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Signs Your Cat Is Bored Silly and You'd Better Do Something About It Fast

Analysis by Dr. Karen Shaw Becker

cat behaviors explained

Story at-a-glance -

  • Cat behavior can be peculiar and mysterious, in part because unlike the fully domesticated dog, kitties are considered only “semi-domesticated”
  • Another reason indoor cats develop odd or annoying behaviors is because they’re often bored, with little to no opportunity to indulge their feline instincts
  • Research is beginning to show that feeding cats in ways that challenge their hunting and stalking skills provides mental stimulation and reduces stress
  • Other ways to alleviate boredom in indoor cats include providing cat trees, elevated vertical spaces, opportunities to go outdoors safely and interactive toys

Like all things feline-related, your cat's behavior can be difficult to understand at times. For example, there's the "Pet me! Why are you petting me?" maneuver so many kitties are famous for. Your cat jumps into your lap or rubs against your legs. She's purring and looking at you with adoring eyes.

You begin stroking her soft fur, and suddenly she lashes out with her paw or sinks her sharp teeth into you. This insanity is known in feline behavior lingo as petting-induced aggression, and it occurs when your cat arbitrarily decides she's had enough handling. Some kitties seem to have a very limited tolerance for being touched by human hands. If your cat gets over-stimulated from petting or her "I've had enough" body language signals aren't obvious to you, she may lash out to make you stop.

Pro tip: If while holding or petting your cat you notice her skin twitching or her tail lashing … if she stops purring or starts meowing … or if her ears are flattened to her head or pointed backward, she's telling you, "Enough already!" Remove your hands from her furry little frame pronto or you might be sorry!

Your Cat Isn't Too Far Removed From His Cousins in the Wild

Part of the reason cats often behave so mysteriously, relatively speaking, is due to the fact that unlike dogs, which are fully domesticated, cats are considered only semi-domesticated.

"They only recently split off from wild cats," explains Washington University School of Medicine's Wesley Warren, Ph.D., senior author of a comparative analysis of the domestic cat genome,1 "and some even still breed with their wild relatives. So we were surprised to find DNA evidence of their domestication."2

Scientists learn about the genetics of domestication by assessing what parts of the genome are altered as a result of animals living with humans. The research team led by Warren compared the genomes of domestic cats to wild cats to look for specific areas of the domestic cat genome that experienced rapid changes.

They discovered that compared to wildcats, housecats have more mutations on genes involved in mediating aggressive behavior, forming memories and controlling the ability to learn from either fear- or reward-based stimuli. The cats with domestication-friendly gene mutations mated and passed those traits down from parent to kitten until there was a good-sized population of less aggressive cats.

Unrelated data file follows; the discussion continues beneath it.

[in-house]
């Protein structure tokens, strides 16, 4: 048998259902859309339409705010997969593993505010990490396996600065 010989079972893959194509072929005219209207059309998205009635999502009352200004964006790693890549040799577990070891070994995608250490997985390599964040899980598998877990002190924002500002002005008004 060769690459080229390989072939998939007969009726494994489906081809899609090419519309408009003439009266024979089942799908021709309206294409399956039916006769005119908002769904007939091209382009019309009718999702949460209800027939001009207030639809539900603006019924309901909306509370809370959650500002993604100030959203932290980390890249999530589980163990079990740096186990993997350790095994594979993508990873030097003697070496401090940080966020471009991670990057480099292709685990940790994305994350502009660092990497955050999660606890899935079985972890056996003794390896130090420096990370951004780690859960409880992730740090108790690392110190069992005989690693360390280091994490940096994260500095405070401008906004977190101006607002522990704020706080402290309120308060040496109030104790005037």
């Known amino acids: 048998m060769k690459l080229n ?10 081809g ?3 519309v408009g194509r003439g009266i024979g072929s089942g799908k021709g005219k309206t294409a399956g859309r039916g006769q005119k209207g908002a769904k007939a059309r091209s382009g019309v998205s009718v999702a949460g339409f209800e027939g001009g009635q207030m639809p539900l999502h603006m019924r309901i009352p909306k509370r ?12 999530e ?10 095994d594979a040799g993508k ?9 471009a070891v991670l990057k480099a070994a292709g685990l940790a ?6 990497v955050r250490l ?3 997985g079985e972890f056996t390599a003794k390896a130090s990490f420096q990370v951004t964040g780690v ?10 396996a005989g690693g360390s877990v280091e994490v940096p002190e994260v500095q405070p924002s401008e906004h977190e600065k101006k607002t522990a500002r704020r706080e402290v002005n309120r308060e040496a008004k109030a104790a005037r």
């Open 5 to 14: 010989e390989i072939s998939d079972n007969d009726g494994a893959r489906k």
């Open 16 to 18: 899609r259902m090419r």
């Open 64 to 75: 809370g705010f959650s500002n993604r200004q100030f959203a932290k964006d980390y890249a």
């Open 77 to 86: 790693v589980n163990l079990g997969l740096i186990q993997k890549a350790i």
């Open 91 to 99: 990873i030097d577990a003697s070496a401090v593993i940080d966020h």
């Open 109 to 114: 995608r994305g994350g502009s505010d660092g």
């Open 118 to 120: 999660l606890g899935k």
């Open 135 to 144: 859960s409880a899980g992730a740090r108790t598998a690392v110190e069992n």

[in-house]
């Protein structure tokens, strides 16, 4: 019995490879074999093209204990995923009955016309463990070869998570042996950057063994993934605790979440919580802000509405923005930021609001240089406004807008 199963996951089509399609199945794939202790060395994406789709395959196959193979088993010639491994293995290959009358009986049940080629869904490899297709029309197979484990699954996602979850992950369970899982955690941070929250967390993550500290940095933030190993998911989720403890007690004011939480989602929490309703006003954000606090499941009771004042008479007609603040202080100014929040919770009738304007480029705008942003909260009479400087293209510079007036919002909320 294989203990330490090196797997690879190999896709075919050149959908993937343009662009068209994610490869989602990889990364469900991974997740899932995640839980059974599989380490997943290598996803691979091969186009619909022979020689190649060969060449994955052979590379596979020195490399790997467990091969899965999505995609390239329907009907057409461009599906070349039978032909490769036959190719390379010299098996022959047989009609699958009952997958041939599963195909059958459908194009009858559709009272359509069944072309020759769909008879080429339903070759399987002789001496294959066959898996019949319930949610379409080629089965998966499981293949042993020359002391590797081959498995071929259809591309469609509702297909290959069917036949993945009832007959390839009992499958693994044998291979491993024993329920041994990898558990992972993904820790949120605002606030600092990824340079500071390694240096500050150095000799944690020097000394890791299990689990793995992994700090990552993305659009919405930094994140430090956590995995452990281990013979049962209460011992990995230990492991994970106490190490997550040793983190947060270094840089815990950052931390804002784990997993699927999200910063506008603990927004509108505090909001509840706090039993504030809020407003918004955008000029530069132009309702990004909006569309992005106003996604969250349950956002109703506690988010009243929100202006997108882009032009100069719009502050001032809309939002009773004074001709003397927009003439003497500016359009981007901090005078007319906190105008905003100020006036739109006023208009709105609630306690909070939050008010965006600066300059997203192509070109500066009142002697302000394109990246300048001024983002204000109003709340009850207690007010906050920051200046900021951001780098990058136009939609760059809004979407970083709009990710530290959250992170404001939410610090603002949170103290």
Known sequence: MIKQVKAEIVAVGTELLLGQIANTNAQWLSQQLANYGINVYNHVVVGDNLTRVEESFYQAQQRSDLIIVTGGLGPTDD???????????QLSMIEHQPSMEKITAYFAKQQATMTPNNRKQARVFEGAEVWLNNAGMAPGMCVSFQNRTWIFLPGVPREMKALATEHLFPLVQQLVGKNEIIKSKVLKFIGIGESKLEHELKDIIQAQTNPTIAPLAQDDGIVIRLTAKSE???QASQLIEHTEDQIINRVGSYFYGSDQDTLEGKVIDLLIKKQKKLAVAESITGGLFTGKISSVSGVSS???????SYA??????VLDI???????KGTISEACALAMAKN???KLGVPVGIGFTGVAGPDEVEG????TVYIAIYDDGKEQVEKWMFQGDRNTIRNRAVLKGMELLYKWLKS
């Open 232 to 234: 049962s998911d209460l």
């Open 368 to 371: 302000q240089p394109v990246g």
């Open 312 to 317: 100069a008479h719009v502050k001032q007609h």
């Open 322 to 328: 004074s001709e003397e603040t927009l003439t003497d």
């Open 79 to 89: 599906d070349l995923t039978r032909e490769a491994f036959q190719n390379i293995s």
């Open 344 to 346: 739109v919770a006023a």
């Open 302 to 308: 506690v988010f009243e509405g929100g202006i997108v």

According to Stephen O'Brien, Ph.D., another member of the research team and chief scientific officer at the Theodosius Dobzhansky Center for Genome Bioinformatics in St. Petersburg, Russia:

"There's a big difference between house cats and wildcats. A house cat will sit on your lap, but a wild cat will hand you your behind."3

The researchers hypothesize that thousands of years ago, humans probably grew to appreciate cats for their rodent control abilities. In order to entice the little mouse hunters to stick around, humans offered food rewards.

Like Bored Dogs (and Kids), Bored Cats Find Ways to Get Into Trouble

Another very important factor influencing cat behavior, according to an increasing number of animal behavior experts, is the unnatural and unstimulating existence of so many indoor kitties. Said another way, most housecats today are bored stiff, due in large part to their inability to participate in many of their natural behaviors like hunting. Boredom would certainly explain why many kitties develop the annoying little habit of knocking things off counters, tables and shelves.

"What many people do not realize," writes veterinary behaviorist Dr. Wailani Sung, "is that cats are curious and like to explore. They use their paws to help them explore by touching and manipulating objects that interest them.

Sometimes they may push too hard, and items are moved. When objects fall and bounce around, your cat may be fascinated by the movement of the object. For cats that are confined indoors, there is a lot of monotony and routine in their lives. Pushing objects around and making them fall down may give them more mental stimulation."

A Better Way to Feed Your Cat (Even When You're Not Home)

Lack of regular opportunities to hunt may also explain why many kitties with outdoor access bring home small dead or nearly dead critters and present them to their (often horrified) humans as gifts. Hunting is both mentally and physically stimulating for cats, which is why free-fed indoor kitties (who typically graze on kibble) tend to be bored and overweight or obese.